While the total area of Afghan farmland used for cannabis cultivation fell by 17 percent in 2012, there was still an eight per cent rise in the overall production of cannabis compared to 2011, according to a report released today by the United Nations drug and crime agency and the country’s Ministry of Counter-Narcotics.
The report, Afghanistan: Survey of Commercial Cannabis Cultivation and Production 2012, released today in the Afghan capital, Kabul, noted that the main reason for the increase in production despite the decline in cultivation was better yields by the cannabis, locally known as ‘garda,’ compared to the previous year.
The survey, which covered 16 of Afghanistan’s 34 provinces where commercial cannabis cultivation had been observed or reported in past surveys, estimated that most of the cannabis cultivation concentrated in the southern provinces of Afghanistan, accounting for some 54 per cent, and, to a lesser extent, in the east and north of the country.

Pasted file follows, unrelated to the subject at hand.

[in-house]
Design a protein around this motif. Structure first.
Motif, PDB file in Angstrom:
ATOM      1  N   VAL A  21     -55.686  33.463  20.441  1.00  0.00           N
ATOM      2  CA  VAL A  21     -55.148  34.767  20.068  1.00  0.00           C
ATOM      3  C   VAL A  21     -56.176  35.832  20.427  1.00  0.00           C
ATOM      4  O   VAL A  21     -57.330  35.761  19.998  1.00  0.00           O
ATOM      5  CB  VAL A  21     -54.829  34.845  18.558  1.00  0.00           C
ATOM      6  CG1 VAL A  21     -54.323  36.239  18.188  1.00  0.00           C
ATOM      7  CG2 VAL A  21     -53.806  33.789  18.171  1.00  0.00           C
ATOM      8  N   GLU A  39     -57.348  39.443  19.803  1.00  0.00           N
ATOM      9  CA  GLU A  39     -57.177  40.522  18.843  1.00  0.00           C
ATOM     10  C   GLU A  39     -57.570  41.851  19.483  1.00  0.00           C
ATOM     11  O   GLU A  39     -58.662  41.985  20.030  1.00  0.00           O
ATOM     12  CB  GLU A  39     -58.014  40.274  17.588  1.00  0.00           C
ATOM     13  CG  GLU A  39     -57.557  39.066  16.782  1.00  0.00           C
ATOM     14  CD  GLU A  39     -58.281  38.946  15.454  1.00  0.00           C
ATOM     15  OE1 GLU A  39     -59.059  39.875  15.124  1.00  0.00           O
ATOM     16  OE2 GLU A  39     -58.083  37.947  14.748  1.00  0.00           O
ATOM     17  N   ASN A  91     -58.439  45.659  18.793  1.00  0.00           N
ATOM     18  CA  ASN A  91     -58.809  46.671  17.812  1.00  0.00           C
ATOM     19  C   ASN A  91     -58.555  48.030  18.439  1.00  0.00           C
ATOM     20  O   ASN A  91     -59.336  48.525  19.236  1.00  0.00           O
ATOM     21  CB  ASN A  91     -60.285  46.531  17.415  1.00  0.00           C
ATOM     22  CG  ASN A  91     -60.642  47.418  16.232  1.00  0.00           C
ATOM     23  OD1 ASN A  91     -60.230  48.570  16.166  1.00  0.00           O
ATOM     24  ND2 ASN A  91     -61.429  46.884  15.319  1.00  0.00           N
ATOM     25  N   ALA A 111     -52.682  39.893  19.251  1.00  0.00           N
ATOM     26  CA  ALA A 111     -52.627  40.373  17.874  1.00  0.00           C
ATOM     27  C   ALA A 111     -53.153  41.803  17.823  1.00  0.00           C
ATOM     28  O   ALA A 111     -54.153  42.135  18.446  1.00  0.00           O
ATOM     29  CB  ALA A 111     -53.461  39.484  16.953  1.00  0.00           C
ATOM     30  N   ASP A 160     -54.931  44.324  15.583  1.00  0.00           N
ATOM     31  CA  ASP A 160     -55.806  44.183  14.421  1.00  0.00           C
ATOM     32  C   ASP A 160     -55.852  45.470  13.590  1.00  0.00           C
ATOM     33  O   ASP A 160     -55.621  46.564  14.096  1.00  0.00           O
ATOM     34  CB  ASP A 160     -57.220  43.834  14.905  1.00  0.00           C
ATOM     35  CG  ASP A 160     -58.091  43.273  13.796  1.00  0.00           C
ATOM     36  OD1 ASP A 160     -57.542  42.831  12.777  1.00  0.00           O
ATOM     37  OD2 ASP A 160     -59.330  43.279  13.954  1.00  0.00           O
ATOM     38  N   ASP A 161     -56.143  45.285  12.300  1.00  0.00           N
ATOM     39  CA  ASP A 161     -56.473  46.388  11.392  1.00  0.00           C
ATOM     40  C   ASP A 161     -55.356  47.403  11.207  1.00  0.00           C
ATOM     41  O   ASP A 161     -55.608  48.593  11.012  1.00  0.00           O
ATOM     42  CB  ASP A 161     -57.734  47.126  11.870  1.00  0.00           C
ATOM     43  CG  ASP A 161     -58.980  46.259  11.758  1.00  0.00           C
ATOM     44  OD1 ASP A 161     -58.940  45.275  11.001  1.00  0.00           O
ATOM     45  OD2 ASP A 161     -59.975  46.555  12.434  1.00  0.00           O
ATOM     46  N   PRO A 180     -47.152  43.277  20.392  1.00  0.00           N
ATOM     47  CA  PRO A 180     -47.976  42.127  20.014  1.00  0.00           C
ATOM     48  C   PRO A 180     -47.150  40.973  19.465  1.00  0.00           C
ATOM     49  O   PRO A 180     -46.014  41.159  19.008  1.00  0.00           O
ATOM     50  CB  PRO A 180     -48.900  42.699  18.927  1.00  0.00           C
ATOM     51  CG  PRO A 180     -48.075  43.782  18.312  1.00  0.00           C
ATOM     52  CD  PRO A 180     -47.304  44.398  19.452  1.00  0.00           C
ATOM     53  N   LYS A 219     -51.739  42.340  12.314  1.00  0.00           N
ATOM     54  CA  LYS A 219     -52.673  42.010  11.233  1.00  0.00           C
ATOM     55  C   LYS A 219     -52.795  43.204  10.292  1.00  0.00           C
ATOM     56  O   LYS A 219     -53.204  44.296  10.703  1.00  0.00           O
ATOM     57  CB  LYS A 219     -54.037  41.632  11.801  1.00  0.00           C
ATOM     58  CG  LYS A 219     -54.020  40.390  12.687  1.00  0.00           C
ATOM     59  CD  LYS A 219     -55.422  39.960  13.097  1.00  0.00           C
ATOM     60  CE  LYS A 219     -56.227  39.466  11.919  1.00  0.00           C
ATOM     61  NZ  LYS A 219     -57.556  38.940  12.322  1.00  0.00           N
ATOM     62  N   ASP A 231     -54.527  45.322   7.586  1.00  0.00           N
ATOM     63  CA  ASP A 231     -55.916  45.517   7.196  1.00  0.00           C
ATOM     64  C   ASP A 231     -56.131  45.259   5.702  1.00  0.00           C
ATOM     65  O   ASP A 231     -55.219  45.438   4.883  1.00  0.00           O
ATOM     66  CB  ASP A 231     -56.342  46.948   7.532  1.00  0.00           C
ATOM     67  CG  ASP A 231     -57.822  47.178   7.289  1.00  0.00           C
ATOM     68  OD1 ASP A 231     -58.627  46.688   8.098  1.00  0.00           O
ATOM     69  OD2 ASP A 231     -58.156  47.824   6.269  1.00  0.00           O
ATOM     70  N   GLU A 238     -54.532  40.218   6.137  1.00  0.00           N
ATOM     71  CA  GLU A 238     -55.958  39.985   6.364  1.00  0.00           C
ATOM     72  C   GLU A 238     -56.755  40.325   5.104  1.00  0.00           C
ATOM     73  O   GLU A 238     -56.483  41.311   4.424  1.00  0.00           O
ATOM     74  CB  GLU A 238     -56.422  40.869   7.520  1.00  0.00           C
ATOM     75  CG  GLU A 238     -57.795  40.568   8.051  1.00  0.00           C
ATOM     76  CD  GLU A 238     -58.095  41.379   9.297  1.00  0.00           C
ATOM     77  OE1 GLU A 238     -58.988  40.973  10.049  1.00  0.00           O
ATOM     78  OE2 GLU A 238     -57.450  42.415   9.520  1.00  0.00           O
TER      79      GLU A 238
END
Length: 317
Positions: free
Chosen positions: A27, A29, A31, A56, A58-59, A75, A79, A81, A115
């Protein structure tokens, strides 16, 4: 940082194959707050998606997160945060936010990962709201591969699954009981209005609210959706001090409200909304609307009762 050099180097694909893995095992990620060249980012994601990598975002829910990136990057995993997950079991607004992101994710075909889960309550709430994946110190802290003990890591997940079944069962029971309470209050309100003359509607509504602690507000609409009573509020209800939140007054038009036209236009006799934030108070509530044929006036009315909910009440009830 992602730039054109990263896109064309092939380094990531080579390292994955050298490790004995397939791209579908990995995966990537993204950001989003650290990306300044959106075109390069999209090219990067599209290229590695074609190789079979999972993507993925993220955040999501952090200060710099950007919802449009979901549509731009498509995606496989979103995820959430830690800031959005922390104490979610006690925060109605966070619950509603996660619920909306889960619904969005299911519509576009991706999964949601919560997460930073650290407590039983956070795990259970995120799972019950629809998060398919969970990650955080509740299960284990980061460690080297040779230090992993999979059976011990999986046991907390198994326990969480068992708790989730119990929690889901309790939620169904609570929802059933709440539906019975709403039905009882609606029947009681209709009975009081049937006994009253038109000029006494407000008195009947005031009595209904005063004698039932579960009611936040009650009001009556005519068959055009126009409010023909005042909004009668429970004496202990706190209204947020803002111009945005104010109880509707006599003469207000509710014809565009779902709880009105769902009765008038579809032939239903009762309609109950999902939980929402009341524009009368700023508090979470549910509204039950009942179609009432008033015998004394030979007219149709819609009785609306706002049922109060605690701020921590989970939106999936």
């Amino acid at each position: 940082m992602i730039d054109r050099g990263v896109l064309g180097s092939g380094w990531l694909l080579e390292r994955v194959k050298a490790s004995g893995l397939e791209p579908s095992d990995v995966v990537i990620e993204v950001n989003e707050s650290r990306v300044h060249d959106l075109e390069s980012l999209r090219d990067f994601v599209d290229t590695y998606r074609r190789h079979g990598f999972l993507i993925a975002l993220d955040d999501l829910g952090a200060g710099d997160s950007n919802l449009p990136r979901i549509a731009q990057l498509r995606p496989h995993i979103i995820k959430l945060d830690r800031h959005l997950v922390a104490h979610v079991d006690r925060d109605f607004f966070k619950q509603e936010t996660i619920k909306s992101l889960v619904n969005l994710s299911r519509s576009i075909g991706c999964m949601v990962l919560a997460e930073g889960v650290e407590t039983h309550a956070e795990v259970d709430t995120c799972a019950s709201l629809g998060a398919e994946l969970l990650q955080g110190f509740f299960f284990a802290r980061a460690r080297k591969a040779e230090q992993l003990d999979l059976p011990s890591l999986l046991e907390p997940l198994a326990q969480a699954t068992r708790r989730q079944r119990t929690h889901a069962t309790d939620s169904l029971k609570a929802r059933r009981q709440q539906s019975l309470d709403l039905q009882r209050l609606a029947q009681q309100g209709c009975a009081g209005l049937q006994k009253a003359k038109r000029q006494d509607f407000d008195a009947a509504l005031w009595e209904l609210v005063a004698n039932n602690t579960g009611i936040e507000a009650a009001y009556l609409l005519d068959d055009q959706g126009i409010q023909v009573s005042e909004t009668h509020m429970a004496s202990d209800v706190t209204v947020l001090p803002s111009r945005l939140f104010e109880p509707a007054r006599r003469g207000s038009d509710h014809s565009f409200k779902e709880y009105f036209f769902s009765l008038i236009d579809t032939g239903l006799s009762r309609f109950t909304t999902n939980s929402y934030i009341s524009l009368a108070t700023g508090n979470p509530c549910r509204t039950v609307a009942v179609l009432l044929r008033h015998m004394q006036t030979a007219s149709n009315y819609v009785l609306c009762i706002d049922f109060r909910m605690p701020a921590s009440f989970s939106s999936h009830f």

In 2012, the national average of garda yield was 136 kilograms per hectare, an increase of 21 per cent compared to 2011, which experienced a yield of 112 kilograms per hectare. The 2012 yield levels came close to the high experienced in 2009 of 145 kilograms per hectare.
The joint report – prepared by the UN Office on Drugs and Crime (UNODC) and the Ministry and the fourth since 2009 – stated that another reason for the reduction in cultivation was “a strictly enforced ban by provincial authorities,” which was imposed because “cannabis fields seemed to have been used by insurgent groups as hiding places.”
The report also said the reduction in overall cultivation was partly because of a “dramatic decline” in the southern province of Uruzgan which had only about 100 hectares of land under cannabis cultivation in 2012, down from about 1,000 hectares in 2011.
Growing the illicit crop remains lucrative despite a downward correction in prices observed since the peak in 2011. UNODC noted that in 2012, farmers could achieve a gross income of $6,400 per hectare from cannabis resin, exceeding the gross income from opium of $4,600 per hectare.
“This again indicates that a farmer decides on planting licit or illicit crops in a holistic way including as much family needs, food security, access to markets, access to non-farm income, as there is risk. Only an ‘opium farmer’, or a ‘cannabis farmer’ or even a ‘wheat farmer’ simply does not exist,” said UNODC’s Regional Representative, Jean-Luc Lemahieu.
He added that agriculture should be seen as one and measures against illicit crops should be integrated into agricultural policy.